1. The Spaniards Inn, London
If you’re after a bit of history and / or literary legacy with your ale, The Spaniards on the edge of Hampstead Heath should be your first London port of call: Dickens has dropped in for a pint (and sent the characters in The Pickwick Papers for a couple more), and Byron was known to prop up the bar, as were Karl Marx and Dick Turpin. Opt for the snug, wood-panelled rooms inside or the huge garden out the back depending on the season. Find out more here.
2. The Cherub Inn, Dartmouth
As higgledy-piggledy as the town itself, The Cherub Inn is a snug pile of small drinking dens and dark corners stacked on top of each other. Dating back to 1380, it’s the oldest building in Dartmouth and retains a number of original features including ships’ timbers. Grab some local crab and wash it down with a Cherub Bitter or a Doom Bar from Cornwall. Find out more here.
3. The Fur and Feather Inn, Norfolk
Real ales and other drinks from the Woodforde’s brewery are the big draw here, from the golden Sundew to the lethal 7% Headcracker, but the pub (lauded by CAMRA and the Good Pub Guide) offers the full gamut of British food, from liver to steak and kidney pudding and of course lots of lovely, lovely pies. Find out more here.
4. The Nutshell, Bury St Edmunds
With a bar about the size of a Manhattan apartment (15ft by 7ft), the Nutshell claims to be the smallest pub in Britain. It packs in a bunch of lubricated locals, all manner of ephemera on the walls, and of course beers, from Greene King. Find out more here.
5. The Pelican, Tacolneston
This one has everything you expect from a rural English local: timber beams, flagstone floors, log fires, memorable locals, the wares from 20 local breweries (also available as take out from the real ale bottle shop), 32 single malts behind the bar, and bedrooms upstairs so you can sample as much as you want. Find out more here.
6. The Feathers Hotel, Ludlow
One of 11 pubs that might be the oldest in the UK, the Feathers entranced the New York Times so much they deemed it “the most handsome inn in the world”. It’s certainly a stunning coaching inn, in a beautiful town, and has some resident ghosts you might spot after a couple of pints. Find out more here.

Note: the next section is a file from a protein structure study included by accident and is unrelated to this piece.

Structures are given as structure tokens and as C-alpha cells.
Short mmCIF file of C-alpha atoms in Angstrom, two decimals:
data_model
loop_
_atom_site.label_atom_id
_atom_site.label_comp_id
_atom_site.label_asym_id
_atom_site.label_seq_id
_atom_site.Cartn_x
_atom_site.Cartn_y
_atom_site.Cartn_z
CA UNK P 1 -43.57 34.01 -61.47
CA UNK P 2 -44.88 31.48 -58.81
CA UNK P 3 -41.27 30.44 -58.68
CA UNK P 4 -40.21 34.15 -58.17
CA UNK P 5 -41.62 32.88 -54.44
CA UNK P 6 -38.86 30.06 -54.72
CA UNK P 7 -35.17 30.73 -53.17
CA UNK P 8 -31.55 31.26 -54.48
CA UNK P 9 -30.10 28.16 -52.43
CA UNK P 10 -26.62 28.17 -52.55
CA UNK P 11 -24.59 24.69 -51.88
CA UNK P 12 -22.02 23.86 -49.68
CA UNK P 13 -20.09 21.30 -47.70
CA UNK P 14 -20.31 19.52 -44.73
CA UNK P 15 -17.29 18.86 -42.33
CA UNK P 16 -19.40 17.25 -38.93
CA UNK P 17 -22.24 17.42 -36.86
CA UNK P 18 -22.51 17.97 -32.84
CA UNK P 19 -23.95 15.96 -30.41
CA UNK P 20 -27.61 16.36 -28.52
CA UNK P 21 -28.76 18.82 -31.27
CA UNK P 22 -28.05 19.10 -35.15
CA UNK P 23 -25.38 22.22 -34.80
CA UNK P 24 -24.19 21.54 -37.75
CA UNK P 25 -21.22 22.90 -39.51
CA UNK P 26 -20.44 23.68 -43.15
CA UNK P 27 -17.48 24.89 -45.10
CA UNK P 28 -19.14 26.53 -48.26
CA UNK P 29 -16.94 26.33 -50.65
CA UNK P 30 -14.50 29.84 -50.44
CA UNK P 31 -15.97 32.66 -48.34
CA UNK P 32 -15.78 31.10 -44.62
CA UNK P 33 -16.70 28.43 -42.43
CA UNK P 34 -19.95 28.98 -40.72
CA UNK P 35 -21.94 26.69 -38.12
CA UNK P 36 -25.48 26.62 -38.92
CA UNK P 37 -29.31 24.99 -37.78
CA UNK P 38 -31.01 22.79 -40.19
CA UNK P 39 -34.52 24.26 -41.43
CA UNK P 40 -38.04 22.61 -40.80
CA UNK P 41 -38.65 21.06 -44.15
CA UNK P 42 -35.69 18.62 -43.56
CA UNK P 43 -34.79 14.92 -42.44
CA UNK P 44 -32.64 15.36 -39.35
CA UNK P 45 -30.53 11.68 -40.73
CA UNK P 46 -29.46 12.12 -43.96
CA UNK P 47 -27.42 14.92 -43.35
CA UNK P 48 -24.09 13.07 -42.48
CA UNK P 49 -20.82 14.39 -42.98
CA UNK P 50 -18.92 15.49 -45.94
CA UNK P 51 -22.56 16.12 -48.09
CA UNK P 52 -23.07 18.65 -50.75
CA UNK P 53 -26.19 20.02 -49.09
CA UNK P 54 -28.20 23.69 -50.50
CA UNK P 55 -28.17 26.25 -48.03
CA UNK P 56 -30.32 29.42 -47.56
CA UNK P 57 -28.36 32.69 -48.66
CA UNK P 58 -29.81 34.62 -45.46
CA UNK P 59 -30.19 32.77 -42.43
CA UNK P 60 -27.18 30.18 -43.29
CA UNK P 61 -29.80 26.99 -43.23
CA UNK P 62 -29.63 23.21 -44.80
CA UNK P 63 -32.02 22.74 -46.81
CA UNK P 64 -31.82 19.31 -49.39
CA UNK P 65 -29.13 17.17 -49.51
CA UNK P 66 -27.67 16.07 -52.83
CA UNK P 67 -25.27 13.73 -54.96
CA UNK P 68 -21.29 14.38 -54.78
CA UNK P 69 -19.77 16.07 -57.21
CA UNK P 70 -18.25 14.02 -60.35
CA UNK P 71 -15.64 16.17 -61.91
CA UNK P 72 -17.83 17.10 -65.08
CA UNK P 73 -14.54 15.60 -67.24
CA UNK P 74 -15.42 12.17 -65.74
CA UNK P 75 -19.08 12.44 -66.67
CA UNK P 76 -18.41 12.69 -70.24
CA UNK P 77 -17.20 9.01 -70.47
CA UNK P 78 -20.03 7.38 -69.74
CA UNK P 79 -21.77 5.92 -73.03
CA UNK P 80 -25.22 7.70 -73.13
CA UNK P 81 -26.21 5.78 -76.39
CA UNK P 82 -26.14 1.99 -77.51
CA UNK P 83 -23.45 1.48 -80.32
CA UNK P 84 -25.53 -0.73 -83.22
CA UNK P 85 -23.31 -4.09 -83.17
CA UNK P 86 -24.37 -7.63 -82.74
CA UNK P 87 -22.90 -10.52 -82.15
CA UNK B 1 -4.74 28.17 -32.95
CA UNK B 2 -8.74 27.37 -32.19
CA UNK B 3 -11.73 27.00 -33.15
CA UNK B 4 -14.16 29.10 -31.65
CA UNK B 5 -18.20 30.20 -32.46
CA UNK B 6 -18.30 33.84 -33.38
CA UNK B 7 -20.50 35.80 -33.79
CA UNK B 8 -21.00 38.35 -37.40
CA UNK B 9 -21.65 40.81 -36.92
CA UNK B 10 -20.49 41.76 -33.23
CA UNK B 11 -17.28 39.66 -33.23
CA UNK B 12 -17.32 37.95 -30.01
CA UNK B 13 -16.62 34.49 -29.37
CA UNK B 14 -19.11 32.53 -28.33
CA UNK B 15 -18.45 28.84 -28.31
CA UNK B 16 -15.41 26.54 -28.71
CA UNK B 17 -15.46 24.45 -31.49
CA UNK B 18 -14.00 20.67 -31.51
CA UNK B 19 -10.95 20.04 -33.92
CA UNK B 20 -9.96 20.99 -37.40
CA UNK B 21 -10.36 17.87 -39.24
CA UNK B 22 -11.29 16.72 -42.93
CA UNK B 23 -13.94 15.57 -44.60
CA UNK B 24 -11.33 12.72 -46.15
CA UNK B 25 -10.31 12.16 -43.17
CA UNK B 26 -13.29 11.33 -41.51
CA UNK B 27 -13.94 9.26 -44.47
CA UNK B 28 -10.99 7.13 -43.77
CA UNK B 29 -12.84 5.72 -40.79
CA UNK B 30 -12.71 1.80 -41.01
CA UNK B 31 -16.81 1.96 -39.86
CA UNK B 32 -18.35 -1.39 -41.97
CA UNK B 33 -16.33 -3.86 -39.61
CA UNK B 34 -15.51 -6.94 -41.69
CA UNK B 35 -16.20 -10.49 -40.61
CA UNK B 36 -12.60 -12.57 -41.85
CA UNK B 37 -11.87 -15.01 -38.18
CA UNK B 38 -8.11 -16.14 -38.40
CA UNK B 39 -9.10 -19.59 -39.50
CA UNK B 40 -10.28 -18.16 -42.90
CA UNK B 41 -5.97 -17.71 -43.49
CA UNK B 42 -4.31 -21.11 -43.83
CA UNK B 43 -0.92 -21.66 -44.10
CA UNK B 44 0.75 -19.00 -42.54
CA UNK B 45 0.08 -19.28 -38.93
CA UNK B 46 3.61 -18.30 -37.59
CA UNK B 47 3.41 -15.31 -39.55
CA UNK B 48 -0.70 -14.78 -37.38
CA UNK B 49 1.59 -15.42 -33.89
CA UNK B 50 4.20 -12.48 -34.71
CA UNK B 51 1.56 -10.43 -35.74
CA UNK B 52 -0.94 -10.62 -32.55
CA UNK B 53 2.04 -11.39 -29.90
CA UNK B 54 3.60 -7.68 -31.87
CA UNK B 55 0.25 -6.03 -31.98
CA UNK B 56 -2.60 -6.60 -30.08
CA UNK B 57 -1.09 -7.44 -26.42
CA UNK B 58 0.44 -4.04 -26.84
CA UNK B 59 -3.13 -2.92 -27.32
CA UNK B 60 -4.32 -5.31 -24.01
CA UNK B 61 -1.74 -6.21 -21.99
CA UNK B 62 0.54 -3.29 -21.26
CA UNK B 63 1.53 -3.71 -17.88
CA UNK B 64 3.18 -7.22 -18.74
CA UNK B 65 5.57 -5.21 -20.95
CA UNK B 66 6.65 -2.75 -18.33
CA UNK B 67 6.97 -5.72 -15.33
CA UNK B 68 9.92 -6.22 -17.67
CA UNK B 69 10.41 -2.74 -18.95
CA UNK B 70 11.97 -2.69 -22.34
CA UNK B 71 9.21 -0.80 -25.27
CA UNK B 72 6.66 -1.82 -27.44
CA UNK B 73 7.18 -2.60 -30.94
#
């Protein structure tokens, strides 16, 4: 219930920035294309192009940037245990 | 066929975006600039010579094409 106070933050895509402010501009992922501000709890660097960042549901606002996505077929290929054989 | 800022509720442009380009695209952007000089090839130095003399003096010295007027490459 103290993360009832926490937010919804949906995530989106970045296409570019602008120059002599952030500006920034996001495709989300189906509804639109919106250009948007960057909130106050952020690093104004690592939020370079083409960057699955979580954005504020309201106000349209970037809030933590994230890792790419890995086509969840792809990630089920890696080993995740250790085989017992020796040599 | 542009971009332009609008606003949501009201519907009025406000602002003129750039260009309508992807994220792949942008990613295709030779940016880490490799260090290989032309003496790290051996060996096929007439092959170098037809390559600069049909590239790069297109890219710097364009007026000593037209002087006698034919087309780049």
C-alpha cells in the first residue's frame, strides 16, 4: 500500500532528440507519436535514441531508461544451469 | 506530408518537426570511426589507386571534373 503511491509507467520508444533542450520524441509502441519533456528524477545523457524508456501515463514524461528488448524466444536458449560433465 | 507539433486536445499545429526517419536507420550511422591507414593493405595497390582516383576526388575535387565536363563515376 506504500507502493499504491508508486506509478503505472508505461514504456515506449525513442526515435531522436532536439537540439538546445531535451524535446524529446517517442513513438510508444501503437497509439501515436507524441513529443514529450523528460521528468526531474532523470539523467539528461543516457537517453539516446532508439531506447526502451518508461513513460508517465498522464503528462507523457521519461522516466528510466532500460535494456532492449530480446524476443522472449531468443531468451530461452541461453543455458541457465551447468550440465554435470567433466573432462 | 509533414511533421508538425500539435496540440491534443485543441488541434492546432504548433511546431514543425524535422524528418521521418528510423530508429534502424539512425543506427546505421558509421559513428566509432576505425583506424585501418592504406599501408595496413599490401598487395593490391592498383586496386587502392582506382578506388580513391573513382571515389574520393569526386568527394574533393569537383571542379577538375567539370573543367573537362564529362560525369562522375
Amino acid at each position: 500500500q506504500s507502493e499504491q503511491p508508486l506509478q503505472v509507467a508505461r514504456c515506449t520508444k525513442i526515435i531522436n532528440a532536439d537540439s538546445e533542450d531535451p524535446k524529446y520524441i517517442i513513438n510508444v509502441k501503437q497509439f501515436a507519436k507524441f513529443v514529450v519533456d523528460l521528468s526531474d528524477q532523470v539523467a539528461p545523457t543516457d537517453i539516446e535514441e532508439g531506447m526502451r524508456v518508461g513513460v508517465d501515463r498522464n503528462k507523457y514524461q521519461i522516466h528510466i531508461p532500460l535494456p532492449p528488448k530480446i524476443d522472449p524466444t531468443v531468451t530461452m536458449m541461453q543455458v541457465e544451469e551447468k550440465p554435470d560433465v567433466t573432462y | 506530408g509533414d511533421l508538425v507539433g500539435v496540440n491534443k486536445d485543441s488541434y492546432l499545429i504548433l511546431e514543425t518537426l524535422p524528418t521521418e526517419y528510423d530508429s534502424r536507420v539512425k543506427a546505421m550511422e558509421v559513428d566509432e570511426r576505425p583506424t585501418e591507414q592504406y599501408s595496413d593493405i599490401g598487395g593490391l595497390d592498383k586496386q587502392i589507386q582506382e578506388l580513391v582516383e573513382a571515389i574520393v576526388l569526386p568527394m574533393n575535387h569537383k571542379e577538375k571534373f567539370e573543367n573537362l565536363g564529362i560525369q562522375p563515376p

7. The Skirrid Mountain Inn, Wales
A few miles north of Abergavenny, this place dates way back, over 900 years to the Norman conquest. Inside it offers all the standard pub joys – roaring fires, honest grub, pool tables, a massive ship’s bell for food orders, local ales – as well as a few four poster beds up the stairs for postprandial slumber. Find out more here.
8. The Jerusalem Tavern, London
The Jerusalem Tavern has existed in one form or another for hundreds of years, although this incarnation only dates back to the ‘90s. No matter, the main shop front for the excellent St Peter’s Brewery still feels historic and classic London. The tiny rooms are a scrum at peak times and drinkers spill out into the neighbouring alley and streets. Find out more here.
9. The Drunken Duck Inn, Ambleside
A 17th-century inn peering out over Lake Windermere, The Drunken Duck is a fantastically remote and cosy drinking hole. The bar feels like the living room of an affluent and eccentric friend, all hanging hops and taxidermied heads lit by the orange glow of a perpetual fire and flickering candles. Find out more here.
10. The Butcher’s Arms, Herne
“The beer is only as good as the banter”, insists the website of the country’s “first micropub”, and landlord Martyn Hillier keeps both flowing freely in a tiny 14ft by 12ft drinking den. This place is old school: pickled onions make up most of the menu and you pay at the end of the night. Find out more here.
11. The Britons Protection, Manchester
A classic local boozer that’s twice won the Pride of Manchester award, the BP is full of Victorian decorative touches and serves up 200+ whiskeys to punters throughout its sprawling rooms. Don’t miss the mural depicting the Peterloo Massacre of 1819, which happened nearby. Find out more here.
12. Bridge Inn, Topsham, Devon
This is where the Queen went when she visited her first ever pub in 2000, and there are innumerable reasons why she might drop by for a half. A stubbornly old-fashioned place that dates back almost to Domesday days, it’s a warren of small rooms that eschews piped music and lager taps for ales from the cask and a beery education from the singular owners. Find out more here.